Breaking Down How Opposing Teams Must Defend Carmelo Anthony to Shut Him Down

Adam Fromal@fromal09National NBA Featured ColumnistSeptember 30, 2013

MIAMI, FL - APRIL 2: Carmelo Anthony #7 of the New York Knicks looks to pass the ball against the Miami Heat during a game on April 2, 2013 at American Airlines Arena in Miami, Florida. NOTE TO USER: User expressly acknowledges and agrees that, by downloading and/or using this photograph, user is consenting to the terms and conditions of the Getty Images License Agreement. Mandatory copyright notice: Copyright NBAE 2013 (Photo by Issac Baldizon/NBAE via Getty Images)
Issac Baldizon/Getty Images

Carmelo Anthony is a scoring machine. 

The New York Knicks forward averaged 28.7 points per game in 2012-13, good enough for him to displace Kevin Durant as the NBA's scoring champion. And that means every team other than New York is entering the 2013-14 campaign with a certain question clanging around in its metaphorical mind:

How in the world do you shut down 'Melo? 

Well, the answer is simple.

You don't.

Instead, you have to defend him in a certain way so that you can have a chance at slowing him down with an outside, minuscule shot at actually shutting him down. 

And if you let him get rolling with his jab to the step-back, you're already toast. 


Don't Let Him Touch the Ball

NEW YORK, NY - MAY 16:  Carmelo Anthony #7 of the New York Knicks is guarded by David West #21 of the Indiana Pacers during Game Five of the Eastern Conference Semifinals of the 2013 NBA Playoffs at Madison Square Garden on May 16, 2013 in New York City.
Elsa/Getty Images

The easiest way to stop Anthony is simply to keep him from touching the ball. Well, "simply" might be overstating it, because that's far easier said than done.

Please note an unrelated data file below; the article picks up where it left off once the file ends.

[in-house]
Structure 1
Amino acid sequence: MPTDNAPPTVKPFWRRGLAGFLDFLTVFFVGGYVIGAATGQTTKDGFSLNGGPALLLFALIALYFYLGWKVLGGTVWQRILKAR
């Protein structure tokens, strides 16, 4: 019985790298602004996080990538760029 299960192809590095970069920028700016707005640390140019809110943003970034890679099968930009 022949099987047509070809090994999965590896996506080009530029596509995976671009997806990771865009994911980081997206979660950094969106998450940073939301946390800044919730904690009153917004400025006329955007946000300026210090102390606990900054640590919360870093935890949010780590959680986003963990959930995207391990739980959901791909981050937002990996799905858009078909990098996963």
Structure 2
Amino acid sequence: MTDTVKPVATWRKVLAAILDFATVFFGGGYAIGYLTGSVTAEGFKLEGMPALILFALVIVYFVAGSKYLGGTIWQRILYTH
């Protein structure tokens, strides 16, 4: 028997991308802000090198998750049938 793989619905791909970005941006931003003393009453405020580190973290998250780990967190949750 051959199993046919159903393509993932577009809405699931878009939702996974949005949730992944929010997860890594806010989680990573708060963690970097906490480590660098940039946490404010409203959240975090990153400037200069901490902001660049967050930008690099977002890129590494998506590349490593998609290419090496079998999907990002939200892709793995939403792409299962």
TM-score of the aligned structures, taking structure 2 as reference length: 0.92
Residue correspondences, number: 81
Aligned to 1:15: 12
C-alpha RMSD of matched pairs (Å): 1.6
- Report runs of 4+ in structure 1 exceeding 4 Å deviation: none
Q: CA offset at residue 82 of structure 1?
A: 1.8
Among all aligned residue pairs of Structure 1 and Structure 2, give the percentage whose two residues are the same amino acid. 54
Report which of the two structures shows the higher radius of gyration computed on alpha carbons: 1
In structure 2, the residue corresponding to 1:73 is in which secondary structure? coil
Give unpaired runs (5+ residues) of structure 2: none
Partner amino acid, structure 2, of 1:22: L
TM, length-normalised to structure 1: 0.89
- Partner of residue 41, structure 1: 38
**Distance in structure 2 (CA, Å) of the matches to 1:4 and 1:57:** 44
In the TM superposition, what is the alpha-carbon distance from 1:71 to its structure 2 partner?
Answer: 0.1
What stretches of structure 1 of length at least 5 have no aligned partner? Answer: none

There are a few different ways to do this, and none of them is particularly simple.

If 'Melo is in one of those moods where he runs around a lot and tries to free himself for jumpers, it's all about hanging with him. He'll use a bunch of screens to work his way open on the perimeter, and the Knicks will often screen the screener to confuse the defense.

But no matter how many people are setting picks, Anthony's defender has to keep up with him. And the same goes for when he's working without any screens. 

In the first play of the highlight reel up above, you can see Josh Smith committed the cardinal sin for the Atlanta Hawks. He was tasked with guarding 'Melo, and yet he left him open so that he could attempt to play mediocre help defense for his teammates. 

Shutting down Anthony trumps everything else. It's better to let the bigs worry about the driving lane and stay on the tough assignment. In fact, that whole highlight reel is filled with rather horrific defense on Smoove's part. 

He just doesn't understand the whole concept of staying with his assignment. 

On the flip side, that's perfect defense against Anthony. 

Paul George fought through Tyson Chandler's screen and was able to poke away the entry pass. He understands the No. 1 principle when guarding the reigning scoring champion: You. Cannot. Let. Him. Get. Clean. Looks. 

That much emphasis is necessary. 

But, what happens when Anthony is playing in the post? After all, that's arguably the area of the court from which he's become most deadly. 

According to Synergy Sports (subscription required), the forward posted up 470 times throughout the 2012-13 season and scored 0.92 points per possession. That's a mark that was exceeded by only 32 players throughout the Association, a rather impressive number since Anthony isn't primarily a post-up player. 

The best way to stop 'Melo from going to work in the post is—once again—to avoid letting him touch the ball. And you do that by fronting him. 

See how the Heat are consistently fronting 'Melo in this sequence of plays from the 2012 postseason? They weren't letting his teammates make easy passes, and the result was that Anthony didn't touch the ball as often.

All of this boils down to one basic principle. Anthony is less effective when he doesn't have the rock in his hands. He's going to score when he's involved, so lower the involvement as much as possible.

But, what happens if he does get the ball? 


Keep Him Going Baseline

INDIANAPOLIS, IN - MAY 14: Carmelo Anthony #7 of the New York Knicks controls the ball against Paul George #24 of the Indiana Pacers in Game Four of the Eastern Conference Semi-finals during the NBA Playoffs on May 14, 2013 at Bankers Life Fieldhouse in I
Ron Hoskins/Getty Images

Sometimes playing against Anthony is like going up against a washing machine. You know that you're going to be on spin cycle the entire game.

The man who averaged 28.7 points per game in 2012-13 has been twirling past defenders for a long time. 

He's done it with the Denver Nuggets